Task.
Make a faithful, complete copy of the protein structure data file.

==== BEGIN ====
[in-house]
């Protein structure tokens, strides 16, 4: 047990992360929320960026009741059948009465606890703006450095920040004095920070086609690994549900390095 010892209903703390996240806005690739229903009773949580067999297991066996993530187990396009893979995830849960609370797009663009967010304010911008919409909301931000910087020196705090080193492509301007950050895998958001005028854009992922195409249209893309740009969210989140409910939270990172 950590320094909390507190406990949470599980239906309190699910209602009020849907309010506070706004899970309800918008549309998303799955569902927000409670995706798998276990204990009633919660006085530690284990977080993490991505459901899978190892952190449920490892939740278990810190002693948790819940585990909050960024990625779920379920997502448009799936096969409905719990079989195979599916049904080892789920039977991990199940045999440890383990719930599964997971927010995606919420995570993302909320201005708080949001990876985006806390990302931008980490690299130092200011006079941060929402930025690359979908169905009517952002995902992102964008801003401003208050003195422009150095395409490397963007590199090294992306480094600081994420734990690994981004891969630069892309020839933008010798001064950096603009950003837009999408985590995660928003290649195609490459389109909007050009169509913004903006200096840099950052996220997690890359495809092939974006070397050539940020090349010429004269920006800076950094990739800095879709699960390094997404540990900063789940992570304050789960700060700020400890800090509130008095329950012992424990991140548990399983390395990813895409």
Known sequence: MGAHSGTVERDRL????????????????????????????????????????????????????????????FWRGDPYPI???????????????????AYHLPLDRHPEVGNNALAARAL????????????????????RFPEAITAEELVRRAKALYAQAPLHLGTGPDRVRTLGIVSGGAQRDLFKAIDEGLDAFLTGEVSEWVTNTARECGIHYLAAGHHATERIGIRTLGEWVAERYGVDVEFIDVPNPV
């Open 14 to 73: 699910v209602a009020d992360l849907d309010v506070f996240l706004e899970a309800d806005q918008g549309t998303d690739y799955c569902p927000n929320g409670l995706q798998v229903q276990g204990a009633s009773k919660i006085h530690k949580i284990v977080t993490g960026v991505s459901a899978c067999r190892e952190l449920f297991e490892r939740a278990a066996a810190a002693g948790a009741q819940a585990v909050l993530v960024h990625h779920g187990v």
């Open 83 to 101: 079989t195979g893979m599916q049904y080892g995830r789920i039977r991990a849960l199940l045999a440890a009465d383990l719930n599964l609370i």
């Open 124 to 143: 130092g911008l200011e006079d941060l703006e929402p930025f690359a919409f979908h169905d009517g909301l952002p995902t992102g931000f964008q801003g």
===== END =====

[in-house]
């Protein structure tokens, strides 16, 4: 047990992360929320960026009741059948009465606890703006450095920040004095920070086609690994549900390095 010892209903703390996240806005690739229903009773949580067999297991066996993530187990396009893979995830849960609370797009663009967010304010911008919409909301931000910087020196705090080193492509301007950050895998958001005028854009992922195409249209893309740009969210989140409910939270990172 950590320094909390507190406990949470599980239906309190699910209602009020849907309010506070706004899970309800918008549309998303799955569902927000409670995706798998276990204990009633919660006085530690284990977080993490991505459901899978190892952190449920490892939740278990810190002693948790819940585990909050960024990625779920379920997502448009799936096969409905719990079989195979599916049904080892789920039977991990199940045999440890383990719930599964997971927010995606919420995570993302909320201005708080949001990876985006806390990302931008980490690299130092200011006079941060929402930025690359979908169905009517952002995902992102964008801003401003208050003195422009150095395409490397963007590199090294992306480094600081994420734990690994981004891969630069892309020839933008010798001064950096603009950003837009999408985590995660928003290649195609490459389109909007050009169509913004903006200096840099950052996220997690890359495809092939974006070397050539940020090349010429004269920006800076950094990739800095879709699960390094997404540990900063789940992570304050789960700060700020400890800090509130008095329950012992424990991140548990399983390395990813895409």
Known sequence: MGAHSGTVERDRL????????????????????????????????????????????????????????????FWRGDPYPI???????????????????AYHLPLDRHPEVGNNALAARAL????????????????????RFPEAITAEELVRRAKALYAQAPLHLGTGPDRVRTLGIVSGGAQRDLFKAIDEGLDAFLTGEVSEWVTNTARECGIHYLAAGHHATERIGIRTLGEWVAERYGVDVEFIDVPNPV
């Open 14 to 73: 699910v209602a009020d992360l849907d309010v506070f996240l706004e899970a309800d806005q918008g549309t998303d690739y799955c569902p927000n929320g409670l995706q798998v229903q276990g204990a009633s009773k919660i006085h530690k949580i284990v977080t993490g960026v991505s459901a899978c067999r190892e952190l449920f297991e490892r939740a278990a066996a810190a002693g948790a009741q819940a585990v909050l993530v960024h990625h779920g187990v």
């Open 83 to 101: 079989t195979g893979m599916q049904y080892g995830r789920i039977r991990a849960l199940l045999a440890a009465d383990l719930n599964l609370i």
């Open 124 to 143: 130092g911008l200011e006079d941060l703006e929402p930025f690359a919409f979908h169905d009517g909301l952002p995902t992102g931000f964008q801003g």